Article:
ST. LOUIS — While there are three goalies capable of starting for the St. Louis Blues --including top prospect Jake Allen in the minors -- some may consider it a surprise to see Jaroslav Halak back in the No. 1 role.
Limited to 16 games because of two groin injuries last season, Halak also took his case for more playing time to Blues coach Ken Hitchcock during the first-round playoff loss to the Los Angeles Kings.
"It's behind us, there's nothing I can do about last season," Halak said. "Just learn from it."
Halak rehabbed the groin and is back with the Blues after spending the summer in St. Louis for the first time instead of returning to his native Slovakia.
The veteran goaltender wasn't just here for Fair St. Louis and the summer concert series at Verizon Amphitheater, either.
He did some serious work with Blues strength and conditioning coach Nelson Ayotte and other personal trainers, changing to a healthier diet while hitting the workouts far harder in an effort gain strength and put the groin issues in the past.
As a result Halak lost 14 pounds, but more importantly lowered his body fat from 13.5 percent to 8 percent.
"It was kind of a mix of everything, cardio and working out with Nelson trying to make myself stronger," Halak said. "It's paid off so far. He's been pushing me."
Early in camp, Hitchcock felt Halak looked quicker and more mobile on his skates.
"Jaro's had a great summer, hre, he stayed here and with his training probably has taken it to a level it hasn't been to before," Blues General Manager Doug Armstrong said. "He looks great and he's focused. He's excited about the challenge that lies ahead of him.
"He's given himself the best opportunity to be able to log a lot of minutes and to stay healthy."
And after a rigorous summer of running on a treadmill, tough exercise and an improved diet, Halak is hoping Blues fans will see his best goaltending yet.
"I signed for four years," Halak said of the four-year, $15 million deal he signed after being traded here following a magical playoff run with Montreal, a deal that expires after this season. "I had some goals and I haven't accomplished them yet. For now I've got one more year and I'm looking forward to this one. There's always a new challenge.
"Over the course of the season everybody goes through some adversity, goes through some ups and downs. One day at a time, that's my approach."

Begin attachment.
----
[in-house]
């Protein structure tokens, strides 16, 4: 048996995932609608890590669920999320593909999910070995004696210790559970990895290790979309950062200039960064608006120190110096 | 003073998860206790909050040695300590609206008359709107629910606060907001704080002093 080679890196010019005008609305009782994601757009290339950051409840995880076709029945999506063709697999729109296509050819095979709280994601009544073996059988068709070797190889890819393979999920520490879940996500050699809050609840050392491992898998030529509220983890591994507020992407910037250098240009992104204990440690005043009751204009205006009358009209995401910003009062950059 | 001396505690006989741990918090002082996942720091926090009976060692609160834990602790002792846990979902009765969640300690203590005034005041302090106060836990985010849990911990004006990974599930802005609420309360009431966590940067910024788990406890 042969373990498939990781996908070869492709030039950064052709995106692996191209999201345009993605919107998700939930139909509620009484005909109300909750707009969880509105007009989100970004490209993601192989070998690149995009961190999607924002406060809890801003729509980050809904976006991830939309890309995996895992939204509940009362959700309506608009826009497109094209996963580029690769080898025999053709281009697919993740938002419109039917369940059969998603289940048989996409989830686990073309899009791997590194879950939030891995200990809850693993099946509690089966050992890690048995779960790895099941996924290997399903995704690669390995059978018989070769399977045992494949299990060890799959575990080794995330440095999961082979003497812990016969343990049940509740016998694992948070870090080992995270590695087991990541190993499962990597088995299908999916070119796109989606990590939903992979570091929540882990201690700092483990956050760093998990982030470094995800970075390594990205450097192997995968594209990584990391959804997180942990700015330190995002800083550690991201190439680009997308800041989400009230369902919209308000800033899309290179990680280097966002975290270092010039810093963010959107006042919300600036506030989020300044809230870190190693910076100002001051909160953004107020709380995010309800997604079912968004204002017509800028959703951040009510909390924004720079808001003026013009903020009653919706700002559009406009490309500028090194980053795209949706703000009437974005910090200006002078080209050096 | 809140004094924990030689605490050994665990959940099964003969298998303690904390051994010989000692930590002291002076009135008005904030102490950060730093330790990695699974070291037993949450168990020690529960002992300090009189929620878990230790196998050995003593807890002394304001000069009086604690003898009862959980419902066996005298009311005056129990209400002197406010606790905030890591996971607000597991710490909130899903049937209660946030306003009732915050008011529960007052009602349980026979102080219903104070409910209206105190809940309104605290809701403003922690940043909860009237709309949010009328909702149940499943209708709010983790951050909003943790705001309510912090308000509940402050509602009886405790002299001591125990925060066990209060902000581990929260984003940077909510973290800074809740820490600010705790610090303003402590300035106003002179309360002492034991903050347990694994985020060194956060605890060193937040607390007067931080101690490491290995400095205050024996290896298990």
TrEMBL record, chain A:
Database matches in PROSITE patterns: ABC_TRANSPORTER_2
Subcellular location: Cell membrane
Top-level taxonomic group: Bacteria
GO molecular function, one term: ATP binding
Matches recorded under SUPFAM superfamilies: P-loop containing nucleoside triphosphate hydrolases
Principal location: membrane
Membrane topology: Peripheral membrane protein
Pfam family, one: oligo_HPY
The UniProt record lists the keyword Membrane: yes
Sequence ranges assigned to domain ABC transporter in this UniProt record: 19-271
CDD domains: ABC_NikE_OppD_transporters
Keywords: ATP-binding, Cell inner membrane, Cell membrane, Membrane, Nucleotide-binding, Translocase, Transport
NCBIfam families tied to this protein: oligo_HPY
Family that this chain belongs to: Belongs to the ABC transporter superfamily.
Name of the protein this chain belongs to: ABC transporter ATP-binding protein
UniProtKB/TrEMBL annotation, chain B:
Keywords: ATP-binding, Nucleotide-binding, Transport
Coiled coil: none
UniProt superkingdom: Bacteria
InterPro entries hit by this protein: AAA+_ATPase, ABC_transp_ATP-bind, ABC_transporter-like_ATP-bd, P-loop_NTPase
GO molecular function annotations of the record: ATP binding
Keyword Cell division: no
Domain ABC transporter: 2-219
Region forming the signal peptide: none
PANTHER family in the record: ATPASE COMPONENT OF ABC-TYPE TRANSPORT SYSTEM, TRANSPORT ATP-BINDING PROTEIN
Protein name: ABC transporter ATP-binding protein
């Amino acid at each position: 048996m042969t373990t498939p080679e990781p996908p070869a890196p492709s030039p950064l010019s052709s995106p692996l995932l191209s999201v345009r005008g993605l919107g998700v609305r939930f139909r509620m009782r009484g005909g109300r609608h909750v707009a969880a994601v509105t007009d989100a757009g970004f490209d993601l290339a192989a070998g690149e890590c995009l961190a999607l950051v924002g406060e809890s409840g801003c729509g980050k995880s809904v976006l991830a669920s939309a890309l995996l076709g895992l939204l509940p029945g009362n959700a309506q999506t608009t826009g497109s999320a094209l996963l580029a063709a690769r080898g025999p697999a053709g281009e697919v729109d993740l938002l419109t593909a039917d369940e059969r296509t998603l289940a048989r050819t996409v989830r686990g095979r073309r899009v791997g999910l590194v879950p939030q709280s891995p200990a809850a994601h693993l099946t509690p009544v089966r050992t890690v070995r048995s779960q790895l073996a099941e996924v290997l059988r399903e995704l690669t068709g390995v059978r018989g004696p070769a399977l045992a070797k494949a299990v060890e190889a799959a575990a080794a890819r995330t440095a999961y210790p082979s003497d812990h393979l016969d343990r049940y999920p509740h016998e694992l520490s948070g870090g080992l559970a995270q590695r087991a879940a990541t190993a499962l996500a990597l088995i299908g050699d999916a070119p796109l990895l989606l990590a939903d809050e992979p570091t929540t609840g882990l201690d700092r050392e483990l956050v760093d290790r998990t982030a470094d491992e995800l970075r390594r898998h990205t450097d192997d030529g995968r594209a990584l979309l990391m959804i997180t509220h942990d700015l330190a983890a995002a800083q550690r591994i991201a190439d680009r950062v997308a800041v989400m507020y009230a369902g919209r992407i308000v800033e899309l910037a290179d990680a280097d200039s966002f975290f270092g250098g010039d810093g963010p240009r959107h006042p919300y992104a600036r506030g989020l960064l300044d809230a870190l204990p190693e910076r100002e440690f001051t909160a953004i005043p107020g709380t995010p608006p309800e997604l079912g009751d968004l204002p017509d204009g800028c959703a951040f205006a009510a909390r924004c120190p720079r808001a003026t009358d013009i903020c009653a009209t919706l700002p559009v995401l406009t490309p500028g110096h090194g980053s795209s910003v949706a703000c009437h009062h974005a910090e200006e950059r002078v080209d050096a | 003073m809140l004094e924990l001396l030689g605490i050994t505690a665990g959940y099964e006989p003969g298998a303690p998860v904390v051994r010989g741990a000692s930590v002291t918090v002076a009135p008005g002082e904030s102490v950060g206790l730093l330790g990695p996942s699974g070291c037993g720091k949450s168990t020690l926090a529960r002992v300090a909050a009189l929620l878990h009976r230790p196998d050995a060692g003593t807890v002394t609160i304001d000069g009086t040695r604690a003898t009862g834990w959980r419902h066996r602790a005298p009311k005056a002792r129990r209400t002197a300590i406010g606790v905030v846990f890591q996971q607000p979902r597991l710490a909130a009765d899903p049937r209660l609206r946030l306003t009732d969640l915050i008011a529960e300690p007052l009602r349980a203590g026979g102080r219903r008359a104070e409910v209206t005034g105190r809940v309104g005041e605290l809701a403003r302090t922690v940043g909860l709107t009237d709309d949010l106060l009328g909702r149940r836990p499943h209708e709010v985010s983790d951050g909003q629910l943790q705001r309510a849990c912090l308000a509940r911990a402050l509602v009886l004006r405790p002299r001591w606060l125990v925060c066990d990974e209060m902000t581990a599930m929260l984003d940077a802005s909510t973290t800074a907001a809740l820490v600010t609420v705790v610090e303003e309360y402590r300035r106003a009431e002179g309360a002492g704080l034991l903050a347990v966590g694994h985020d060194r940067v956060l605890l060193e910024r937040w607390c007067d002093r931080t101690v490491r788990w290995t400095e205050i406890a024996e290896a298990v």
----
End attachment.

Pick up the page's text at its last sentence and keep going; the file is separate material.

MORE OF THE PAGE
Halak's balky groin has been an issue at times. He also was injured during the 2012 playoffs in a collision with teammate Barret Jackman.
As a result, Halak's playoff contributions to the Blues during the past two seasons are one win, one loss and a lot of "what ifs."
The frustration was evident during an injury-marred 2012-13 that saw Halak go 6-5-1 with three shutouts in 16 games, a 2.14 goals-against average and .899 save percentage.
"It was that kind of season; I couldn't stay healthy," said Halak, who has 16 shutouts in 119 games with the Blues. "I worked out hard this summer to try to make the area I got hurt a little stronger and hopefully it will stay good for the season. I feel good now, I have no discomfort whatsoever. We'll see how it goes."
During the preseason, Halak offered a mixed bag of results. He was 1-1 with a 2.37 goals-against average and .891 save percentage, allowing six goals on 55 shots.
A year ago, Halak's injury was followed by inconsistency from Elliott that preceded a hot streak by then-rookie Allen.
Both Halak and Elliott can become free agents after this season and Allen is waiting for another opportunity, so the Blues' goaltending will be under the microscope this season.
What was considered a major strength two seasons ago when Halak and Elliott combined for 16 shutouts and the NHL's best goals-against average has once again become at least an area of concern.
"I feel good on the ice, that's probably the most important thing," Halak said. "Obviously whoever plays the best will play, that's the bottom line. Everybody has to bring their best every game.
"It's up to me now to try to maintain everything and keep building on the summer. Just keep getting better."
So what did Halak learn during his first full summer in St. Louis, besides avoiding the region's toasted ravioli, cheese fries and the scrumptious frozen custard at Ted Drewes?
"Everybody said it was going to be hot and it wasn't too bad," he said. "Everybody said it was the coldest summer in a long time so I enjoyed it. I had fun."